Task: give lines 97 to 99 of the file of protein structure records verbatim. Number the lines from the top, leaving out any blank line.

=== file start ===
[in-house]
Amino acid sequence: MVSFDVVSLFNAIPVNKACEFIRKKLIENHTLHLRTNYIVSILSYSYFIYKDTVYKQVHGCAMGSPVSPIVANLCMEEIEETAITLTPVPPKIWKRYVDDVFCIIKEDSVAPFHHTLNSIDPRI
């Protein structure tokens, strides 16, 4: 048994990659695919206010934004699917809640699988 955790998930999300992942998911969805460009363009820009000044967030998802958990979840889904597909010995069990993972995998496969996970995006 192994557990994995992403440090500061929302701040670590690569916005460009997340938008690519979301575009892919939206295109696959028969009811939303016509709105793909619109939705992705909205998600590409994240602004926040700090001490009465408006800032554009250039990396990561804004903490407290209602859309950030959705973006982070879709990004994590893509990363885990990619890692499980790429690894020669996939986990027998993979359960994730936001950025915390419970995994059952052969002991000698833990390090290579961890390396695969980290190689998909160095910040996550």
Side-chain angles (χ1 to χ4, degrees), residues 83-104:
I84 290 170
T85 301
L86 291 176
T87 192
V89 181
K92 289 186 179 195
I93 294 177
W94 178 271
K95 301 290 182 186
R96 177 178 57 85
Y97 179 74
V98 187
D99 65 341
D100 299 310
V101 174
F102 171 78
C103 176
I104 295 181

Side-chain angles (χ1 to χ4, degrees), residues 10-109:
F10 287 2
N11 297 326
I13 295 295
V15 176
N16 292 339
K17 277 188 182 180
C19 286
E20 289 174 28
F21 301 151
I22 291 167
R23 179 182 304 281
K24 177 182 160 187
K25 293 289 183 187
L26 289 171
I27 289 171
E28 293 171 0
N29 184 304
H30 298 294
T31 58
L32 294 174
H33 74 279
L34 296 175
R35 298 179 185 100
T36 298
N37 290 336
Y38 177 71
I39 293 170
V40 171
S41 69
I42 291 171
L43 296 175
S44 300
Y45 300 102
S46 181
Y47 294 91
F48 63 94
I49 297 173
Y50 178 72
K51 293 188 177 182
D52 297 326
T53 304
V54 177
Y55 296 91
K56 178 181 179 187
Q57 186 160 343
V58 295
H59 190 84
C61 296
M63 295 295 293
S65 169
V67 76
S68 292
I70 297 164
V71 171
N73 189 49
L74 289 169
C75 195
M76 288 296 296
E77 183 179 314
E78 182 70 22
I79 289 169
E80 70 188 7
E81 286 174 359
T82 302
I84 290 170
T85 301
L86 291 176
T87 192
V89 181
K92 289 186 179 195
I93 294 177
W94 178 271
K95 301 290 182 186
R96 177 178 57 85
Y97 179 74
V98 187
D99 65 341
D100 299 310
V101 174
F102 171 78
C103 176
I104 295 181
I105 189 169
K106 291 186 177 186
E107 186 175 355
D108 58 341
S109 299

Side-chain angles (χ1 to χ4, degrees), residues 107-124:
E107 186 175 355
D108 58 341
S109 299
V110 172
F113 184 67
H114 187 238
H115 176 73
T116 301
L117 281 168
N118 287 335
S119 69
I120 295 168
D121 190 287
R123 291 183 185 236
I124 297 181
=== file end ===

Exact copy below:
R96 177 178 57 85
Y97 179 74
V98 187